A Pedacito of Being an Abroad Student
Studying abroad during my last semester of college was a once-in-a-lifetime experience, and one of the best decisions ever made. But there are a few realities about being an abroad student that I wasn’t aware of, ones I wished someone had shared with me. So, I want to share them with you to help you best prepare for an experience living abroad.
Want to learn about another study abroad experience? Check out Storyteller Emmy's article "A Pedacito of Conversation in Seville, Spain."
My experience abroad looks exactly like anyone else’s. My Instagram is filled with photos of myself in places like Madrid, Santorini, or Amsterdam. My camera roll is overflowing with pictures of my travels. I was buying flights and planning trips every other weekend. I was a part-time student and a part-time traveler. Like everyone else, when I came home, all anyone wanted to hear was about my travels.
But behind the scenes, living as a student abroad in London didn’t look like that. I still had classes almost every day and assignments to complete. I was struggling to afford my own living expenses while somehow funding my many expenditures. I spent 3 out of the 4 months living abroad sick with viruses and upper respiratory issues. And because it rains half the year in London, many of my days were spent inside my flat, trying to manage my depression while staring at the raindrops on the window.
We often think that going on a trip or vacation means that everything is going to be perfect. In some cases, that is completely achievable with a well-planned itinerary and ample preparation. But sometimes flights are late or canceled, hotel lodging leaves much to be desired, and the weather isn’t favorable. Or, you might find yourself standing in Paris with no clue why you feel as terrible as you do, and frustrated for feeling that way in one of the most beautiful cities in the world like I did.
To this day, one of my favorite trips to share stories about is Paris. But I don’t like to talk about seeing the Eiffel Tower or the Louvre. Instead, I describe the time I sat alone one rainy night in a restaurant eating crème brûlée and having an unexpected conversation with friendly strangers that lifted my spirits. This trip was an important realization for me, so I’d like to share a few pieces of advice:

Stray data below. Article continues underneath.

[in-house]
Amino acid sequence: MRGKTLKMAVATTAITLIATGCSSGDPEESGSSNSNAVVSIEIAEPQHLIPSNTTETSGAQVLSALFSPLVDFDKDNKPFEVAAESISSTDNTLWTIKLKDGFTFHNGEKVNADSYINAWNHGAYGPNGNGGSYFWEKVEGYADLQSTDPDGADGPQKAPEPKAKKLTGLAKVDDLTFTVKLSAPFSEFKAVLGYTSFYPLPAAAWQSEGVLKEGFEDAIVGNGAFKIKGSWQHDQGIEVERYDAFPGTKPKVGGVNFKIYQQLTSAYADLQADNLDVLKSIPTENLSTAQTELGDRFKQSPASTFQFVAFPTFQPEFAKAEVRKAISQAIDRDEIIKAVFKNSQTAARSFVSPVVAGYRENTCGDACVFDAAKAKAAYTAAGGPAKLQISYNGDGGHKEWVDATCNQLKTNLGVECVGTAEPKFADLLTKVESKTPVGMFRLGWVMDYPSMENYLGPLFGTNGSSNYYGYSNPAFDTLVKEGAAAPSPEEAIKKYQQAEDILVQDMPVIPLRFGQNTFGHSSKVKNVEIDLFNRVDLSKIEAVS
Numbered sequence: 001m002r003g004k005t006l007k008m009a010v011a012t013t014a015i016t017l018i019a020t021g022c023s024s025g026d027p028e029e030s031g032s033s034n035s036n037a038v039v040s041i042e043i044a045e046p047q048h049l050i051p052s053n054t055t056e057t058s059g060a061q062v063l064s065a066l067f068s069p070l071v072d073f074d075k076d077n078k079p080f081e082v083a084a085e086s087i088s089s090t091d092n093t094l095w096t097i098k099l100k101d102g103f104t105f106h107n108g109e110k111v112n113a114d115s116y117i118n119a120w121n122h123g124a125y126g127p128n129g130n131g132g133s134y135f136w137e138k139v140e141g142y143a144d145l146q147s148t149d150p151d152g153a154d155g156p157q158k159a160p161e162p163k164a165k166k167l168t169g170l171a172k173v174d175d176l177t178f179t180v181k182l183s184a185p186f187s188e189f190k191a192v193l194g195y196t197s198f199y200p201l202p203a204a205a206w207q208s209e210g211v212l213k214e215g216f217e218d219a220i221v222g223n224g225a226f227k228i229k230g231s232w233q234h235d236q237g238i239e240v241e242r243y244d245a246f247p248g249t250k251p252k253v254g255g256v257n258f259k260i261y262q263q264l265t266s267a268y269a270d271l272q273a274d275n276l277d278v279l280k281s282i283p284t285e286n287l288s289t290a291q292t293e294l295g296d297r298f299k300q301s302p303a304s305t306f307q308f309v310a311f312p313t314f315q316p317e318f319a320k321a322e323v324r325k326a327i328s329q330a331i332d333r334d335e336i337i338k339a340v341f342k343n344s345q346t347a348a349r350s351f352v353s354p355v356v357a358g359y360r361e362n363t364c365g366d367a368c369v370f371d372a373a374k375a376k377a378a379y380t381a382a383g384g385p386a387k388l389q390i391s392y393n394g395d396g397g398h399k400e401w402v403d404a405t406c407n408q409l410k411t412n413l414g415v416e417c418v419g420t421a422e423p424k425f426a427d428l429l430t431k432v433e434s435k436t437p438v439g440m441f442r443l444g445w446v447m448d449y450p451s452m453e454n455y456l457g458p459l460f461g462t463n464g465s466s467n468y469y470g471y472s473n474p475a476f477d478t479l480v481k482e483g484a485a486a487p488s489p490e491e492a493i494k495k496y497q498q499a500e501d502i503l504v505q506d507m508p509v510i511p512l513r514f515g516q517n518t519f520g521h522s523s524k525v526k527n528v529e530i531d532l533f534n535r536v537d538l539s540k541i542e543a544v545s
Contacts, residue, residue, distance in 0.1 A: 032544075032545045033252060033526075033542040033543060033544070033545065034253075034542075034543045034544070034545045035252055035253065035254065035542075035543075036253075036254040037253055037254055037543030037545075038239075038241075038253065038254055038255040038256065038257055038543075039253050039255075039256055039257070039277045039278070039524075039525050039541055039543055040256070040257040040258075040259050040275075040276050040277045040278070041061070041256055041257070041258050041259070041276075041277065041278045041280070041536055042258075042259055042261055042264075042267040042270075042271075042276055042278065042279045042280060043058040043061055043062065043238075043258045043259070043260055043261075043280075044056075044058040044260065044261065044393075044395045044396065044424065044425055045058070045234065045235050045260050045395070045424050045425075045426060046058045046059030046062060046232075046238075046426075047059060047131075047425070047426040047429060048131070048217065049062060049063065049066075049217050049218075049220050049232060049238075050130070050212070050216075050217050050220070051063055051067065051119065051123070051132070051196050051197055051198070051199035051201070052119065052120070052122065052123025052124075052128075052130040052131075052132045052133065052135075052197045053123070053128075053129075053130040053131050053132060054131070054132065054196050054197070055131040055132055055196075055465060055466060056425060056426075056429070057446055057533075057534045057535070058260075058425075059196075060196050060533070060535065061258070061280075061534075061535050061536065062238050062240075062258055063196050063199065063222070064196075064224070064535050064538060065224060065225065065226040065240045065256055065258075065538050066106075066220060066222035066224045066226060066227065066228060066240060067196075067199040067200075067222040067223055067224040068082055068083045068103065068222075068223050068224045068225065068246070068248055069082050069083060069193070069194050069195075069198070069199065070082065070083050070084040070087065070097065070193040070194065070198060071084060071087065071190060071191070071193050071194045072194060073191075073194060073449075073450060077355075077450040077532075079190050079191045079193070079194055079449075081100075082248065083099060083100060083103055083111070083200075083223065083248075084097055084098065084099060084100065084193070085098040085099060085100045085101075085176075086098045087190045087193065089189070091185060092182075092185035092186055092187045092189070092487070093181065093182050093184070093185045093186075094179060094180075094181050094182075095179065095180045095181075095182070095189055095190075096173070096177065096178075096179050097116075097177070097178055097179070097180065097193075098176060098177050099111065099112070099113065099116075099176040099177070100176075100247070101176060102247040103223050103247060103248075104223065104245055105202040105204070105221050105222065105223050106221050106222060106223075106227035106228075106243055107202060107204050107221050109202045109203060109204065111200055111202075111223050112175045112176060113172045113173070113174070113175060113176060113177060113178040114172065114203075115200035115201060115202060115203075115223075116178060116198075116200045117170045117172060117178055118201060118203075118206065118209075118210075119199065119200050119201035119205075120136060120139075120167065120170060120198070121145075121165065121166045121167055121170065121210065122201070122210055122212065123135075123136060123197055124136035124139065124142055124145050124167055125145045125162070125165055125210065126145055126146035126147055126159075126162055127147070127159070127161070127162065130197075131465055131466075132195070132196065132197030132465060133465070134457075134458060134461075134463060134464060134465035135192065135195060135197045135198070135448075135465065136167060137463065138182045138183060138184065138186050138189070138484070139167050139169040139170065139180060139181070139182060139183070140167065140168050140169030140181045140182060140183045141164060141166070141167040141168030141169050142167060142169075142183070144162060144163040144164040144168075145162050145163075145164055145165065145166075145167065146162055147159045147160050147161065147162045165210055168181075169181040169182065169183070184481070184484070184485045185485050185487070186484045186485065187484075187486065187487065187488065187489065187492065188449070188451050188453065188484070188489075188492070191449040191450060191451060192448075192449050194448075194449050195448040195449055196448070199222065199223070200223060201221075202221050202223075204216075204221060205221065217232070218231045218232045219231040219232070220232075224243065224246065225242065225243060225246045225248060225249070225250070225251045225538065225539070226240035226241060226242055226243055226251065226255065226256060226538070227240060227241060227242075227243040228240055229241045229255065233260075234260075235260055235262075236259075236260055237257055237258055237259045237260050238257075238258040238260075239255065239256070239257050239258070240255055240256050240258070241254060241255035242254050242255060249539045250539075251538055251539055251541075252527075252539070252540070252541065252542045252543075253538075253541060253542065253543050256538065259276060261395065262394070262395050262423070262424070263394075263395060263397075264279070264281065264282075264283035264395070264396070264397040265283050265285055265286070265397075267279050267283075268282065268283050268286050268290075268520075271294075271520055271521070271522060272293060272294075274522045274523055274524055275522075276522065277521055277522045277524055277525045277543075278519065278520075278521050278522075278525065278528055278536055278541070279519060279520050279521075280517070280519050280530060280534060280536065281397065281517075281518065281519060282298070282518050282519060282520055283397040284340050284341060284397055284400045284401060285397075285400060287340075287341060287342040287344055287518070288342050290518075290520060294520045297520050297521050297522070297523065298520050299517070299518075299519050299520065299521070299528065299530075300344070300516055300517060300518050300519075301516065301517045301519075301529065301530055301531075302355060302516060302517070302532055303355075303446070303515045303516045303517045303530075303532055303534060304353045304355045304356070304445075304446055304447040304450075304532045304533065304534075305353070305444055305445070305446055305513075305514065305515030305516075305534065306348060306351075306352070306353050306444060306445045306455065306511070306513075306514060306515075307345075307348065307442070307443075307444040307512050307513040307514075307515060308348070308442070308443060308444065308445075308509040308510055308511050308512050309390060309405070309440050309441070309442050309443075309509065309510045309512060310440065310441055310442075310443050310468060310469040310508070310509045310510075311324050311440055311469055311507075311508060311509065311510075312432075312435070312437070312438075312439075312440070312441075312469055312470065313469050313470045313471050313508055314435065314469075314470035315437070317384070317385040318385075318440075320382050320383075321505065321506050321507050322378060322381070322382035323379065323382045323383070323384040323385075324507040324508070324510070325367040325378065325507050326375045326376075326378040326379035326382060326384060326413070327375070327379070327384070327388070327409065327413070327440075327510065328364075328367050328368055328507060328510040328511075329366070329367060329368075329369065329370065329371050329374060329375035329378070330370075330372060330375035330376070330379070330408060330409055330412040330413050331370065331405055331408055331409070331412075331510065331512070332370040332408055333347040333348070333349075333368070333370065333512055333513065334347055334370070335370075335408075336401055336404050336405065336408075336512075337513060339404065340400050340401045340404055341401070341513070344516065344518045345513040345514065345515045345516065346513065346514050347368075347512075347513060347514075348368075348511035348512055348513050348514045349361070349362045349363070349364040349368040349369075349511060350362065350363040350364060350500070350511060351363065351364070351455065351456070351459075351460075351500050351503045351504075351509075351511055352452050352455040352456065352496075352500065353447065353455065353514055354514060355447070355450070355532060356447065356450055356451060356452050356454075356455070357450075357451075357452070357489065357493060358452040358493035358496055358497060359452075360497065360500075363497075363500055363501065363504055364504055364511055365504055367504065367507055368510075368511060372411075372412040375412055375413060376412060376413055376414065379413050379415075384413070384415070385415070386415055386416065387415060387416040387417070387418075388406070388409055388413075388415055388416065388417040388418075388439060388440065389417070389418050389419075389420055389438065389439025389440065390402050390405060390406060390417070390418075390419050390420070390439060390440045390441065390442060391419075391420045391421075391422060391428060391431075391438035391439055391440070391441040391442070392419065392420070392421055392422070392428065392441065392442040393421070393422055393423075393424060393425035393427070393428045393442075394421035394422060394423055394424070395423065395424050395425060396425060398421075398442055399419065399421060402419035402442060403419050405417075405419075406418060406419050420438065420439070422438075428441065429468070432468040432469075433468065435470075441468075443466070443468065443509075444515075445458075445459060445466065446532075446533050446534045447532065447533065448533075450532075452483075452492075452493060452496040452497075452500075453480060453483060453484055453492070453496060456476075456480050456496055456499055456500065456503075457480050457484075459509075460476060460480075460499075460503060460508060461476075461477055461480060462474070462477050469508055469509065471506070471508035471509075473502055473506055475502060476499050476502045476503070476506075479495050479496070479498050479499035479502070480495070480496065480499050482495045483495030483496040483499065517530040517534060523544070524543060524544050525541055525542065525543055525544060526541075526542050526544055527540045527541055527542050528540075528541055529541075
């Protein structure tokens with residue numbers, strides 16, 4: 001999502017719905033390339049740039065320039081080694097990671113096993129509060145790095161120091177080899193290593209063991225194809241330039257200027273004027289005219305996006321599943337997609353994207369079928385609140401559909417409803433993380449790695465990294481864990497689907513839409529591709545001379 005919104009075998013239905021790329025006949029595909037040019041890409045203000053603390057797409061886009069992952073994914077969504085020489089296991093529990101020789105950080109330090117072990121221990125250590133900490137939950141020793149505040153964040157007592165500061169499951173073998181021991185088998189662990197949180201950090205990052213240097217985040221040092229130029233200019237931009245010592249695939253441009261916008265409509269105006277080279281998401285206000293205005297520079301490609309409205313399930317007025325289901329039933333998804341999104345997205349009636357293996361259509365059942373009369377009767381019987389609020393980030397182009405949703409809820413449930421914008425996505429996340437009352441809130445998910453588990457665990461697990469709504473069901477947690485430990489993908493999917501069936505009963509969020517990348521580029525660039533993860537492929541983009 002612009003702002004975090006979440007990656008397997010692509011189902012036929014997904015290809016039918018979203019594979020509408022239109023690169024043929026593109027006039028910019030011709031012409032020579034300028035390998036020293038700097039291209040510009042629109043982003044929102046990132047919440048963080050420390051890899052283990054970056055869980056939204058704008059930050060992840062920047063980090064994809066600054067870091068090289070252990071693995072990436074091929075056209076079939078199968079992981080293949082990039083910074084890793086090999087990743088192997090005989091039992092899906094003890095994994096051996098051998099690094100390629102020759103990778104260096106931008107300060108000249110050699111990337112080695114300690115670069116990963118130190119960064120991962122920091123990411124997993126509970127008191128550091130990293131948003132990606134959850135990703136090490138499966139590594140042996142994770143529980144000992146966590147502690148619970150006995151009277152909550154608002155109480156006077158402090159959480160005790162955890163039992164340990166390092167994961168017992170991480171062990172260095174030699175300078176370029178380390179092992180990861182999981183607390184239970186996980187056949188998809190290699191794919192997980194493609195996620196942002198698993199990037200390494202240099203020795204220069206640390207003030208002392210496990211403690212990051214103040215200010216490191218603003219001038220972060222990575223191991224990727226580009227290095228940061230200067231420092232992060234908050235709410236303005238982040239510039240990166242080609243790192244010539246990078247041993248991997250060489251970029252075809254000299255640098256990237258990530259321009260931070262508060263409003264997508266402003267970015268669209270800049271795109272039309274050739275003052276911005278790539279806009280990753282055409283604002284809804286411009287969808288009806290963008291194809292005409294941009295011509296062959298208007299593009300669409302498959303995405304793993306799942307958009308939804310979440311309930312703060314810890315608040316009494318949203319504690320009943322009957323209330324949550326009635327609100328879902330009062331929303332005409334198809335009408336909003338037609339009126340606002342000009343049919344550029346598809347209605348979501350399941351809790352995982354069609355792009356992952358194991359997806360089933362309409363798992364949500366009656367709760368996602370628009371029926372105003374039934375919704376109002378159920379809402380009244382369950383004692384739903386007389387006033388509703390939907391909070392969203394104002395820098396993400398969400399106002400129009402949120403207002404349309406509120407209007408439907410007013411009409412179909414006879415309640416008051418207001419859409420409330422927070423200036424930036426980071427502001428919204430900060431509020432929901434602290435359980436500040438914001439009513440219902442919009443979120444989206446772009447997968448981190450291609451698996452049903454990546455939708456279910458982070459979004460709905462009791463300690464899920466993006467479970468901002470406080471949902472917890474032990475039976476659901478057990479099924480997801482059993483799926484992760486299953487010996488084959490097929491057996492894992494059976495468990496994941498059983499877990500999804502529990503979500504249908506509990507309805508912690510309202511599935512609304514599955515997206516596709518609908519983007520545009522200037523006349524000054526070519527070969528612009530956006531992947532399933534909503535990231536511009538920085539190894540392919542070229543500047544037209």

Prolonged travel is exhausting – Spending so much time on the road is tiring. By the end of my trip, I was physically, mentally, and emotionally drained from so much stimulation and movement. I highly suggest pacing your trips to allow for rest days.
Don’t be overly ambitious – Don’t overwhelm yourself trying to squeeze in everything you want to do in the time you have. There are always opportunities to return to any travel location at a later date.
University abroad programs differ – While my academic workload was light, some of my peers from other schools barely had time to travel between assignments and internships. Make sure you fully research your school’s abroad program before applying.
Set fair expectations – As an abroad student, not everything will go as planned or expected. It’s important to do extensive research and set fair expectations for trips and travel experiences.
You still have off days – Sometimes, being in a beautiful place isn’t enough to lift the spirits. On days like these, be kind to yourself and plan a day for rest and relaxation.
Mental health and wellness don’t take a backseat just because you find yourself on a backpacking trip somewhere else in the world. And neither do illness, or financial hardship, or relationship complications. I am forever grateful for my experience as an abroad student and this is not meant to discourage anyone from deciding to study abroad in college. Rather, I want to lift the curtain and reveal the reality of being human, which doesn’t change when you go somewhere else.
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